Music education always & always looking forward.

Don't Hurt Yourself: Changing Meter in Stevie Wonder's "Contusion"

You might actually injure yourself if you attempt to conduct along with this.

stevie suit.jpg

Stevie Wonder’s place in the pop music history pantheon is inarguable. But for every pop anthem, even the drearier ones, his wild compositional style popped out bonkers instrumental tracks like this one.

And as so many icons fall, Stevie is one who stands up and throughout his lifetime has enacted real social change.

A consideration to make as we kick off Black History Month? Program even more Stevie. Even after February.

Link to YouTube video of Stevie Wonder’s “Contusion”

Intro: Stevie Wonder has had a tremendous career, spanning five decades. He was signed to Motown Records at age 11 as “Little Stevie Wonder” and released his debut album in 1962 at the age of 12 years old. “Contusion” appears on the album Songs in the Key of Life, which won four Grammys in 1977, including Album of the Year, and is listed on the Library of Congress’s National Recording Registry. Wonder has won 25 Grammys overall, more than any male solo artist in history, and an additional Grammy Lifetime Achievement award in 1996, as well as a Polar Music Prize. He is in the Rock and Roll as well as Songwriters' Hall of Fame (and won the Sammy Cahn Lifetime Achievement Award from the Songwriters' Hall), was only the second winner of the Gershwin Prize for Popular Song awarded by the Library of Congress, received a Kennedy Center Honor, was designated a Commander of the Order of Arts and Letters by the French government in 2010, was named a Messenger of Peace by the United Nations in 2009, and received the Presidential Medal of Freedom in 2014.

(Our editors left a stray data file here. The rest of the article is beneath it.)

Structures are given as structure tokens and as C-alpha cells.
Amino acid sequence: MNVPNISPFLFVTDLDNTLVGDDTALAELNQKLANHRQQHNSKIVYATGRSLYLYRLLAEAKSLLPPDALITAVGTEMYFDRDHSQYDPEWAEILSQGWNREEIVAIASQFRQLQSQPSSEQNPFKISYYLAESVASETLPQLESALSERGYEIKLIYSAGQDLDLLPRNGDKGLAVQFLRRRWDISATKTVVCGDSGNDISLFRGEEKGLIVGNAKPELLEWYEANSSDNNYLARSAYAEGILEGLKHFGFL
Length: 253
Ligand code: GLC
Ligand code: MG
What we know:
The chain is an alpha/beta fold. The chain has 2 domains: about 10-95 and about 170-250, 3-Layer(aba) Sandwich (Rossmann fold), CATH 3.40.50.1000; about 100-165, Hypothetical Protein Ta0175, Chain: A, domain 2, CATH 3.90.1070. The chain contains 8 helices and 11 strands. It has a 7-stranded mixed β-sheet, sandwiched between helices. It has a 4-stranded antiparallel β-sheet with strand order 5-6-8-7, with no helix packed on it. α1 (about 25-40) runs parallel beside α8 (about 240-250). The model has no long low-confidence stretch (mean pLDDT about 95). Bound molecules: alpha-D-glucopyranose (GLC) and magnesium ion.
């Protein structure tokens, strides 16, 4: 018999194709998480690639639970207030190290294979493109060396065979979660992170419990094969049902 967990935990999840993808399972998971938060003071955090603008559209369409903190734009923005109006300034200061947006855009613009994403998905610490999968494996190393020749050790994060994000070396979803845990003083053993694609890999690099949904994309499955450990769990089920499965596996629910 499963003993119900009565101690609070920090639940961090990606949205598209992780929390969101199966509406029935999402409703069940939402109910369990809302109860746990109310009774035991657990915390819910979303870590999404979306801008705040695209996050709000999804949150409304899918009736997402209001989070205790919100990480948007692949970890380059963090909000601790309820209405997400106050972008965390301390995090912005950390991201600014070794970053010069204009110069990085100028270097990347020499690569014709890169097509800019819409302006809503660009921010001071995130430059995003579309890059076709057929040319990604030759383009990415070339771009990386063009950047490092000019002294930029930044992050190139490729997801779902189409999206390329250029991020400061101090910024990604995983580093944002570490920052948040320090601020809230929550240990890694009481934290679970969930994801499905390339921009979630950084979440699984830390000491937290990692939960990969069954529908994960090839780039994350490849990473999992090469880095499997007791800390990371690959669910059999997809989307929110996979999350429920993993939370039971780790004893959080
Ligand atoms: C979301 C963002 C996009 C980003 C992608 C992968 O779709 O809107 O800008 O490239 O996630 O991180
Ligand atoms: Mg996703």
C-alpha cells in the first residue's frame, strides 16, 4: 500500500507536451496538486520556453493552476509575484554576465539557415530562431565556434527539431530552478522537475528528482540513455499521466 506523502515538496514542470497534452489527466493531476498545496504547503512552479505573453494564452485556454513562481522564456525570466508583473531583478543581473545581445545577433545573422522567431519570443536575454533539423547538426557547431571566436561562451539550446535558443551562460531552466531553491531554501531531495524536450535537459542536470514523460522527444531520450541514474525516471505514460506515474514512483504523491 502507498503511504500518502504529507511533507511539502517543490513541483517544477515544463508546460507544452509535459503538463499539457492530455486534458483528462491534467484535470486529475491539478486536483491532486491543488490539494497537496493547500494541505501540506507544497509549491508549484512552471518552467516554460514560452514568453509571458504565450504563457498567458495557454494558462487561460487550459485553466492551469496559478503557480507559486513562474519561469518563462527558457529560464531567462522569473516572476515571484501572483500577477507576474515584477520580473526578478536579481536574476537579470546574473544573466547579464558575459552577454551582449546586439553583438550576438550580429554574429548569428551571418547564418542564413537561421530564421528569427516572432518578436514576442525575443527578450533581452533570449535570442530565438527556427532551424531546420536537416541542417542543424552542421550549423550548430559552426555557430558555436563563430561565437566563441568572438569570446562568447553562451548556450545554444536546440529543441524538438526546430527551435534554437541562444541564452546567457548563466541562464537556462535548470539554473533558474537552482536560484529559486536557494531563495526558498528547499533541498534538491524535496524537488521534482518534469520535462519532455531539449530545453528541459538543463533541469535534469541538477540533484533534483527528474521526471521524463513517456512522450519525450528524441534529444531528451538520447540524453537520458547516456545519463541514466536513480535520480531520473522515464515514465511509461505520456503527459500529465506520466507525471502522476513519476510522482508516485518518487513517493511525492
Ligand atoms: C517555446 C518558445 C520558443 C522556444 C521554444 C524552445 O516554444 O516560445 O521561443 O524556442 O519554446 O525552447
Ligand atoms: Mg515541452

Synopsis: The meter of this song changes repeatedly throughout.

Analysis: The song begins in 4/4 time, but starts a long series of frequently changing meters at :25 in the video recording linked above. Many of the motifs heard in the instrumental chorus starting there repeat throughout the song.

Considerations for Teaching: This is an instrumental song, so there are no lyrical drawbacks. Stevie Wonder is an eminently teachable and programmable artist, and I cannot imagine any drawbacks to discussing his work.

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